House Republicans are set to meet behind closed doors Wednesday to select their nominee for speaker after the historic ouster of Rep. Kevin McCarthy last week.

McCarthy’s removal set up a head-to-head battle between Majority Leader Steve Scalise and Judiciary Committee chair Jim Jordan for the gavel. The House has been at a standstill since the unprecedented vote that left the speaker post vacant, though the attacks in Israel have lent urgency to filling the role.

The House Republican conference met privately Tuesday night for a long candidate forum and took questions from rank-and-file members. Rep. Mike Garcia, of California, estimated that around 30-40 Republicans asked questions of the two. Neither Jordan nor Scalise appeared to have won over a majority.

On Tuesday night after the meeting, Garcia called both “very solid candidates” but said, “I don’t know if there’s gonna be a speaker tomorrow morning … we’ll see where this goes.”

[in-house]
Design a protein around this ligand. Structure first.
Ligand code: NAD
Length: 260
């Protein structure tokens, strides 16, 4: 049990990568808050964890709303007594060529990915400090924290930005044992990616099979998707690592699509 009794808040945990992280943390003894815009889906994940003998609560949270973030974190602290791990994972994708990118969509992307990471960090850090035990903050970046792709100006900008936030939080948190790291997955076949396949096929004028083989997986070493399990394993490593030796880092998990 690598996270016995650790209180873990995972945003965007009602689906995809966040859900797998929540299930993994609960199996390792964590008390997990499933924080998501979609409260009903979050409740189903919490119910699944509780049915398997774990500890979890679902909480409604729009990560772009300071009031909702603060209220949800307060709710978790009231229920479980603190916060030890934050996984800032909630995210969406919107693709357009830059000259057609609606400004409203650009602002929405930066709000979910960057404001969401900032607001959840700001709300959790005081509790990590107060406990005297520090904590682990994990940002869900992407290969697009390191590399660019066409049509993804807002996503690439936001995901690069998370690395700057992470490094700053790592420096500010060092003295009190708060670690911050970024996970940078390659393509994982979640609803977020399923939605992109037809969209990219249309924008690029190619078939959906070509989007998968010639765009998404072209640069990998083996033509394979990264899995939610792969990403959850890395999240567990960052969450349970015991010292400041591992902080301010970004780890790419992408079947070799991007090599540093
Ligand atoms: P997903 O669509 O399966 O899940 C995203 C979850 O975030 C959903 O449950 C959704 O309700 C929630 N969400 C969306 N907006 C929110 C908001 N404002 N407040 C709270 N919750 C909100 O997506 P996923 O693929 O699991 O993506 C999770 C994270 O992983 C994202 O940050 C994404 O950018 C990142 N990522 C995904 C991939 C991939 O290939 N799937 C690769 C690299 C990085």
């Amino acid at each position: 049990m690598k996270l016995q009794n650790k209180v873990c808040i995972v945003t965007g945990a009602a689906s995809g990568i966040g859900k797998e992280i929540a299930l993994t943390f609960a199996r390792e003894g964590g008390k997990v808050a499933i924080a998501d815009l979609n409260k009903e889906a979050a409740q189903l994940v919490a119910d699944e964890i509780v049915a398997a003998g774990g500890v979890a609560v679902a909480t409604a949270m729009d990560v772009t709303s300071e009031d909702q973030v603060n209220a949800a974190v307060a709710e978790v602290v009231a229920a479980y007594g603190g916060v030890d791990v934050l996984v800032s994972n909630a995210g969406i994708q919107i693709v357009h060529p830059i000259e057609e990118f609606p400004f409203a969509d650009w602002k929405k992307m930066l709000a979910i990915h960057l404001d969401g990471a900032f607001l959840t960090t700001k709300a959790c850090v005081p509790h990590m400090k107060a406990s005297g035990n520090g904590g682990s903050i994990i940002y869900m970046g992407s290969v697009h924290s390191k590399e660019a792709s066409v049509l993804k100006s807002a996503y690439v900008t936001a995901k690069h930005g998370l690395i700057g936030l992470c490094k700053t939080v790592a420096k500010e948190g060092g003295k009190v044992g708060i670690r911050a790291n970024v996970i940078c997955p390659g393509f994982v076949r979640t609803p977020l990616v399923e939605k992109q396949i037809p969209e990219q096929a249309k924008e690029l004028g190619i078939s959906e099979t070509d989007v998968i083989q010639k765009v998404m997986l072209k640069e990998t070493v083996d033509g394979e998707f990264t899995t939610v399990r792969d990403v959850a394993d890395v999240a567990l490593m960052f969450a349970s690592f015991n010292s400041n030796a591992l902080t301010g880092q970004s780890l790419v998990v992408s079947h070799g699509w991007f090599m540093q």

Scalise said Tuesday night that he was “confident” that a speaker would be chosen Wednesday. 

The House speaker, who is second in line for the presidency, must be elected with a majority of the full House, which currently means 217 votes, since there are two vacancies. 

McCarthy, who earlier this week indicated that he was open to being restored to the speakership, said he told Republicans not to renominate him Tuesday night.

The conference is considering changing the rules to ensure that a single candidate has 217 before the full House votes, in order to avoid the spectacle of the multiple rounds of voting McCarthy endured in his bid for speaker in January. 

No Democrat is expected to vote to support a Republican speaker. Given Republicans’ slim majority and divided conference, which still includes the eight Republicans who joined all the Democrats in voting to remove McCarthy, some have proposed another rule change to make it more difficult to remove a speaker.

If there is a vote on Wednesday, it will be a secret ballot. House Republicans must decide on a rule first. 

In addition to the conference meeting, approximately 40 members of the conference had their own separate, standalone meetings with Scalise and Jordan on Tuesday. Scalise is running as the person who can unify the party, while Jordan has former President Donald Trump’s backing. 

Rep. Nick LaLota of New York told CBS News that it is his “first criteria” that the “next speaker has an appreciation for running the government much like Kevin McCarthy.”